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The Rhythm for Reading blog

All posts tagged 'Confidence'

Confidence and happiness

1 February 2016

This post describes the tenth of ten Rhythm for Reading sessions. By this stage everyone in the group can sight-read both simple and comparatively complex music notation with ease and confidence. To do this, our eyes are glued onto the board, our voices are synchronised and we’ve gelled through teamwork. The important part is this: the group experiences music at a deeper, more interpersonal level when these skills become reliable and relaxed, even when facing more challenging tasks. Here’s a short description of how this felt in the final session of the programme and a quick drill down into the concept.

After a couple of minutes, everyone’s behaviour changed at the same time. There was a sharp increase in the level of congruence in the group. Standing calmly as the task ended, they waited and gladly repeated the experience, expanding even more fully into the sounds they were creating. This level of working was maintained consistently for a further eight minutes, after which the group left the room feeling energised and calm, returning cheerfully to class.

These words have been carefully chosen to describe as accurately as possible how working in this way with the rhythm-based elements of music makes a difference to emotional wellbeing. Congruence in this sense refers to the sheer strength and coherence of our perception of rhythmic patterns, particularly when working as a group. Gains in reading behaviour can be measured, but the more profound benefits to wellbeing such as the increase in confidence and happiness that many children describe, are not measurable.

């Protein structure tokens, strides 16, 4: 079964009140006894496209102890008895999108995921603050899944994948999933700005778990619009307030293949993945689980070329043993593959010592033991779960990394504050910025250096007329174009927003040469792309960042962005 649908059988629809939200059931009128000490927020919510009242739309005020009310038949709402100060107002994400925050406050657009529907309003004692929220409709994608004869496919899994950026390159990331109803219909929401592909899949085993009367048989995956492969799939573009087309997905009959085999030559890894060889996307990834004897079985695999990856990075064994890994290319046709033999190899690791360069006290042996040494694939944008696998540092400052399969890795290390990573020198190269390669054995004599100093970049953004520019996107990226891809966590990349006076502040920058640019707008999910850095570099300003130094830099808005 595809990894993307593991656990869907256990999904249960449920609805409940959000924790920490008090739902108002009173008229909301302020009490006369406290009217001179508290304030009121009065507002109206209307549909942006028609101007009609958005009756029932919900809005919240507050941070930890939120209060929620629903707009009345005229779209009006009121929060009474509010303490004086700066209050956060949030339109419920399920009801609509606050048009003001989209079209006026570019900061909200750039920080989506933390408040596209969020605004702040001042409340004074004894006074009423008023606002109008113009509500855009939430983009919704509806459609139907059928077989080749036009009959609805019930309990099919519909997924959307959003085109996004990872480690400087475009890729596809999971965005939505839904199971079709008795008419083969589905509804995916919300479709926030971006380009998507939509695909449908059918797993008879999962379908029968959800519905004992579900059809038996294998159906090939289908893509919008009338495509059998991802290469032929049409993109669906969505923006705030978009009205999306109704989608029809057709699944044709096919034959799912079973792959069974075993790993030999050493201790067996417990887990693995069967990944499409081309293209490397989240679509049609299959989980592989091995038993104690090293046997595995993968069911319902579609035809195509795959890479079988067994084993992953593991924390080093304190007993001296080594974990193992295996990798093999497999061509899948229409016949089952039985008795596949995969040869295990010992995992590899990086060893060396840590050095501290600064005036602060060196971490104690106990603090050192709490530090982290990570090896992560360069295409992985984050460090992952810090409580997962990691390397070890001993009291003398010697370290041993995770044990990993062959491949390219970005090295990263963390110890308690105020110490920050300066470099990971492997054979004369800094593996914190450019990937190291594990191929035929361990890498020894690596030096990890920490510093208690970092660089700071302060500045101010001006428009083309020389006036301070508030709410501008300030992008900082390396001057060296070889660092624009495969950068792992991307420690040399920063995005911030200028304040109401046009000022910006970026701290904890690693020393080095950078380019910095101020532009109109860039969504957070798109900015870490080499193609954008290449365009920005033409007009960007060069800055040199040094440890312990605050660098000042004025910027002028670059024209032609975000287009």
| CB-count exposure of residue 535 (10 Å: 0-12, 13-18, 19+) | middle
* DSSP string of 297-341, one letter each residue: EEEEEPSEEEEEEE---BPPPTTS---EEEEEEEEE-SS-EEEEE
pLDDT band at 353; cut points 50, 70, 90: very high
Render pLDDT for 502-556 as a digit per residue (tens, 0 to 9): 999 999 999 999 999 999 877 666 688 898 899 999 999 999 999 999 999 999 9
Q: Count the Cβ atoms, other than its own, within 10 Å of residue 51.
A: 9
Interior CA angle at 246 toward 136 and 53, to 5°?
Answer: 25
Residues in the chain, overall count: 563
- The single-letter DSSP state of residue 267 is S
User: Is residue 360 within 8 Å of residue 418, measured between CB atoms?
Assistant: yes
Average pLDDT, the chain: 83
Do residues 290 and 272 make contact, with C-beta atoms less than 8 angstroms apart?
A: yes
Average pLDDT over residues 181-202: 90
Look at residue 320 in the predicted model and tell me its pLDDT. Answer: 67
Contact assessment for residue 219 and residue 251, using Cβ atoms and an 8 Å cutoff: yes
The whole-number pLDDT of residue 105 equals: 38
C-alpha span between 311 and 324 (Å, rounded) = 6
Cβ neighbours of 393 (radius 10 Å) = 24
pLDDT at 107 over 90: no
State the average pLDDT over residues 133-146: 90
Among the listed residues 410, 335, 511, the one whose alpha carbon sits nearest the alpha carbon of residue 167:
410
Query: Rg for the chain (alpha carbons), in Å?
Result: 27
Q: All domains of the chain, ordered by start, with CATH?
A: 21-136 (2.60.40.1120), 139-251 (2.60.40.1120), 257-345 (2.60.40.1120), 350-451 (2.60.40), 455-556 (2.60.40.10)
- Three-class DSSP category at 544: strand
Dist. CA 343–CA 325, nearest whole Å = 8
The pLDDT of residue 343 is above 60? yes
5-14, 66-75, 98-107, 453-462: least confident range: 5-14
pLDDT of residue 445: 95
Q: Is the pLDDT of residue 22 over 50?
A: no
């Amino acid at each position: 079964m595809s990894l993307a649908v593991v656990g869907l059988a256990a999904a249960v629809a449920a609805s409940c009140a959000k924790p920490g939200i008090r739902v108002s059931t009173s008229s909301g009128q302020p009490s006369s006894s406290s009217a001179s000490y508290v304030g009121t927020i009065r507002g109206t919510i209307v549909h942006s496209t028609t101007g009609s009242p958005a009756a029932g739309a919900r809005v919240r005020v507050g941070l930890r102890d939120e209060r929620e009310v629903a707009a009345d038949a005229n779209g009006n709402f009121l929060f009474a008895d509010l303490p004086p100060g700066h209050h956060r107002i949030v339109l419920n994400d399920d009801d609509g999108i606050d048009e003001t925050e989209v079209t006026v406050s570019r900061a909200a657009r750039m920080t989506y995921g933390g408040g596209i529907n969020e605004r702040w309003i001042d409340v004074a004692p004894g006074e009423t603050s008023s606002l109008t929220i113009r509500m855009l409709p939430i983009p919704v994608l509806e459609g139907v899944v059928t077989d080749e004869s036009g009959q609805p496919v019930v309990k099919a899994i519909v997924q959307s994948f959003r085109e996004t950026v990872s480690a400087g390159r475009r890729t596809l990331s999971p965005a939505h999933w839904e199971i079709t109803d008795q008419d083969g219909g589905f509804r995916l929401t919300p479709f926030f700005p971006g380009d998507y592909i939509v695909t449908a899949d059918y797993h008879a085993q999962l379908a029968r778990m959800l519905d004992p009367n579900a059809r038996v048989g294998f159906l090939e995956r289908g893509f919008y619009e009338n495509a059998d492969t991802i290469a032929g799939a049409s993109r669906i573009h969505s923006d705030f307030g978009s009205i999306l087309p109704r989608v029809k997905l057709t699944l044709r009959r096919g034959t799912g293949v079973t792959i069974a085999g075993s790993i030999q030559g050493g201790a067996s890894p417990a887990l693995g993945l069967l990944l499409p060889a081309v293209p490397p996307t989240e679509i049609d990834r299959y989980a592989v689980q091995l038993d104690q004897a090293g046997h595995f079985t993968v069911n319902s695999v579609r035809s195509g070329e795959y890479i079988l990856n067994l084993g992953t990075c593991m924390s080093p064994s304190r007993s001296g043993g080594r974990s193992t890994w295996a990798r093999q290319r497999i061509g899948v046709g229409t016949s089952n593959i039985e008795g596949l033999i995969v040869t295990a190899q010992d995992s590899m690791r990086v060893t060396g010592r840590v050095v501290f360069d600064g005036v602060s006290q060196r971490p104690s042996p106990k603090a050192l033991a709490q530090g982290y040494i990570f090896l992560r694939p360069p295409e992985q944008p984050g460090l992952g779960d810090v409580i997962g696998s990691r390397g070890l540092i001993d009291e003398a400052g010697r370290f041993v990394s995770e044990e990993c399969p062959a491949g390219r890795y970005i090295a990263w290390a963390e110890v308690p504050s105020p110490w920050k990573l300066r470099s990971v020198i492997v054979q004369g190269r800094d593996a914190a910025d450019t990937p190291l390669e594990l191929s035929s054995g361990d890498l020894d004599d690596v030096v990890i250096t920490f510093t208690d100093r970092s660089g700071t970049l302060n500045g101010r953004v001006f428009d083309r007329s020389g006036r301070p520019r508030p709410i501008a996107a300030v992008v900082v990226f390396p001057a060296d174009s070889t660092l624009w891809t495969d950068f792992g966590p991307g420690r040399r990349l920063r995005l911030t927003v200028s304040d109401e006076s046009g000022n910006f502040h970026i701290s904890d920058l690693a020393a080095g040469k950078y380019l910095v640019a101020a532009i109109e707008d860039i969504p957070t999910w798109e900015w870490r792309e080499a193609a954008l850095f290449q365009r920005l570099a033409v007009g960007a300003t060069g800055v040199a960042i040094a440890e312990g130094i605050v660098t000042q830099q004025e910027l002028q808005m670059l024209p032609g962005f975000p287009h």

This rather reminds me of psychologist Mihaly Csikszentmihalyi’s work on ‘flow’ or ‘optimal experience’. Optimal experiences are life-affirming, intrinsically rewarding and in terms of pedagogy, they are highly desirable because they boost students’ confidence and motivation. They can be very helpful in realigning attitudes towards reward, so that students become motivated by the sheer joy of taking part rather than wanting to know what they will ‘get’ in return for taking part.

The spontaneous element of what I have described is not trivial, but extremely important, as it describes how the deeper and more satisfying levels of engagement can be achieved through working in this way. Perhaps it is our irrepressible ability to generate congruence from patterns in music and language that fuels our joy of reading and of music making.

Find out more here

Reference

Csikszentmihalyi, M. (2002) ‘Flow: The classic work on how to achieve happiness’ Rider, Random House, ISBN 9780712657594

Visiting the library for the very first time

1 December 2015

Perhaps the most important part of what we do is to hear children read individually for twenty minutes at the beginning and end of the Rhythm for Reading programme. Through this process we measure their progress, provide useful data for the school and also extend our expertise on reading development.

In a recent follow-up session, a Year 5 student had discovered to her great relief that she could at last understand the message carried by the words that she read. Her reading comprehension age had soared. With great excitement she explained that she planned to go with her cousin to visit the library in the centre of the city where she lived.